The Australian Government is providing $998,000 to Queensland for two projects to improve the landscape scale management of navua sedge and feral pigs, through a Federation Funding Agreement with states and territories as part of the $30.3 million Established Pest Animals and Weeds Management Pipeline Program.
Minister for Agriculture and Northern Australia, David Littleproud said the funding would be used for research into control options for navua sedge and to improve the capacity for effective management of feral pigs in northern Australia.
“One project aims to develop best practice protocols to manage navua sedge, a vigorous weed that grows in south-east Queensland and the tropics,” Minister Littleproud said.
“The project will evaluate the efficacy of herbicide control and investigate biological control options.
“The second project will support coordination of feral pig management in key areas of Queensland, using demonstration sites to test monitoring and control strategies based on research into feral pig behaviour.
“By validating feral pig monitoring, control tools and strategies, we are making sure farmers and land managers are getting the best bang-for-buck for their efforts in managing these destructive pests.
Queensland Minister for Agricultural Industry Development and Fisheries and Minister for Rural Communities Mark Furner said the funding will help manage two major pests.
“Agriculture is an essential industry and a vital part of Queensland’s COVID-19 Economic Recovery Plan, and controlling pests supports our farmers to be their best,” Mr Furner said.
“Navua sedge is an aggressive and unpalatable weed that affects Queensland beef and dairy operations by replacing edible tropical pastures.
“Feral pigs are a serious agricultural pest that damage crops, threaten livestock, and degrade Queensland’s natural environment,” Mr Furner said.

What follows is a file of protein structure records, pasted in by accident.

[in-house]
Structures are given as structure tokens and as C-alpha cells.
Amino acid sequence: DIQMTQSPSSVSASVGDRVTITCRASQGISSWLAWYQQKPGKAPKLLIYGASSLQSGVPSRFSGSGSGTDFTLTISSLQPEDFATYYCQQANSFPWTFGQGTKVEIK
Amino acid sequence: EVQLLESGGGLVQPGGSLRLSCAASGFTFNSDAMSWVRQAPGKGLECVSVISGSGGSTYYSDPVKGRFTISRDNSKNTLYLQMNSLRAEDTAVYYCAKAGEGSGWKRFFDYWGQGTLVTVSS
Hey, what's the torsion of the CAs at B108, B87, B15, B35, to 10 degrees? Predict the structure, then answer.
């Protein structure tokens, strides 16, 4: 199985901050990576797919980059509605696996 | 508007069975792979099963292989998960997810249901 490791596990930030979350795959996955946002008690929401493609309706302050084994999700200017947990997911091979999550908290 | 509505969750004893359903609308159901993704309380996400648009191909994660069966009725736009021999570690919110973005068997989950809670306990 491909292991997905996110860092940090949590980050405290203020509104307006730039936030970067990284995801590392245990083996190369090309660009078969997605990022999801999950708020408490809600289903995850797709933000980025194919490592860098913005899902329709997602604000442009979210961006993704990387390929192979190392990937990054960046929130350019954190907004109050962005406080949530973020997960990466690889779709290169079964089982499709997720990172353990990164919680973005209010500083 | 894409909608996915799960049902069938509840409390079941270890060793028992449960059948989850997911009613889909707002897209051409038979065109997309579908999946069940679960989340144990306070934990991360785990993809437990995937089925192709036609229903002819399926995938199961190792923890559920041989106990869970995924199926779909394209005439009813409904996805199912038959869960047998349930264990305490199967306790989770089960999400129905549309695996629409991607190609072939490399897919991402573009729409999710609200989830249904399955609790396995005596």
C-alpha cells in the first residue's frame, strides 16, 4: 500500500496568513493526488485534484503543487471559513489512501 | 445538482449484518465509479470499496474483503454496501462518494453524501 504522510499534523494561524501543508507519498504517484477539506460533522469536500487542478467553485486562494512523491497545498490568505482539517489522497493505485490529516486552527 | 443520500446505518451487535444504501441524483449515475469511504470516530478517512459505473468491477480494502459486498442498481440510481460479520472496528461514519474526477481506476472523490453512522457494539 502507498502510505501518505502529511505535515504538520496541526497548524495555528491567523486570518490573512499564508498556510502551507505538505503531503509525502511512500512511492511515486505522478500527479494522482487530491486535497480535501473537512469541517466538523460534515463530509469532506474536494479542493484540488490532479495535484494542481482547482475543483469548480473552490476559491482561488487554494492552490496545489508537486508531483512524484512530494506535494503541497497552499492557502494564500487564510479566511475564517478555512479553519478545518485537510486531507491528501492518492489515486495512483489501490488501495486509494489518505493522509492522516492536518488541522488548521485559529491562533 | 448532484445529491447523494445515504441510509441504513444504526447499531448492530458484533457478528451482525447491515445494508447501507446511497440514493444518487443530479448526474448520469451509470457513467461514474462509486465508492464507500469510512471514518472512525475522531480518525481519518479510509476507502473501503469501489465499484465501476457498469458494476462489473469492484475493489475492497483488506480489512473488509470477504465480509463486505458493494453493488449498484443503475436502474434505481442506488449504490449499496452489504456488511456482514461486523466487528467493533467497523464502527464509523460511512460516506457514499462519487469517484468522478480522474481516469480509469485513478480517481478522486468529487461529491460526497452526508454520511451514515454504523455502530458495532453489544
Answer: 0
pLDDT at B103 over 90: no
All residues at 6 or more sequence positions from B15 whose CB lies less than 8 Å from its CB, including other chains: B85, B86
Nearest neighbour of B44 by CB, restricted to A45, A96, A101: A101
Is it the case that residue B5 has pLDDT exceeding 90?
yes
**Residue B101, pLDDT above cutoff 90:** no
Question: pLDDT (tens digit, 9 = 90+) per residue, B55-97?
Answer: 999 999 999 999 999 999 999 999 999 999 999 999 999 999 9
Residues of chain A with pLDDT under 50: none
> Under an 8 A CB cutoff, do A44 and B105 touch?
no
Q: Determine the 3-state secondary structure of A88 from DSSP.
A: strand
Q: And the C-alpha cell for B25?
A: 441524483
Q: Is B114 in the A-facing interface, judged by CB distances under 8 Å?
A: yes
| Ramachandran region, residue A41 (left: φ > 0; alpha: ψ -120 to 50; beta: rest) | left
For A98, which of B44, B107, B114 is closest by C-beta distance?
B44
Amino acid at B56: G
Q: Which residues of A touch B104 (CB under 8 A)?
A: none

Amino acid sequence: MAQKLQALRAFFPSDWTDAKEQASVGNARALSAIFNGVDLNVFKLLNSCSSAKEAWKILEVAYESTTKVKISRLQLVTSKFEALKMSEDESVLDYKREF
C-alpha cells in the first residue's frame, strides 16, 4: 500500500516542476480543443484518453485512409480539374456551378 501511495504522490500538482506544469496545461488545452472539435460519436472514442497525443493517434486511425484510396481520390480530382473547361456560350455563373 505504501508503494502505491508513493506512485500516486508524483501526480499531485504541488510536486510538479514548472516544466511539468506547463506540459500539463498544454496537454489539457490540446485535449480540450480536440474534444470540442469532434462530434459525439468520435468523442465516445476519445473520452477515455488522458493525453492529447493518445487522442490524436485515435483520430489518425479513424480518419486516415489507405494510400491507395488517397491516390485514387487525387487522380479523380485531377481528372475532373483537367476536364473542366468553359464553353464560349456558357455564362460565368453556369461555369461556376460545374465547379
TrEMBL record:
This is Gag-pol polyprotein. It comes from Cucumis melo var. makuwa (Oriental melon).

“Australia has some of the most resilient farmers in the world and they do a great job at managing the impact of pest animals and weeds on their land, Minister Littleproud said.
“However, we recognise that there is a need to improve the skills and capacity of farmers and land managers, and the tools available to them, to better manage pest animals and weeds.”
Minister Littleproud acknowledged the Queensland’s governments and its project partners contributions, providing more than $925,000 to support the projects.
“These projects are a great example of how strong collaboration across governments and land managers can improve the management of established pest animals and weeds, said Minister Littleproud.
“The Australian Government’s $5 million in funding, supported by cash and in-kind contributions from the states and territories, will deliver 11 projects across Australia to improve the management of established pest animals and weeds that have a detrimental effect on Australia’s agricultural competitiveness and the environment.”
The Australian Government’s $30.3 million Established Pest Animals and Weeds Management Pipeline Program aims to deliver a lasting legacy to farmers, land managers and the wider community in the fight against established pest animals and weeds.
Source: Australian Government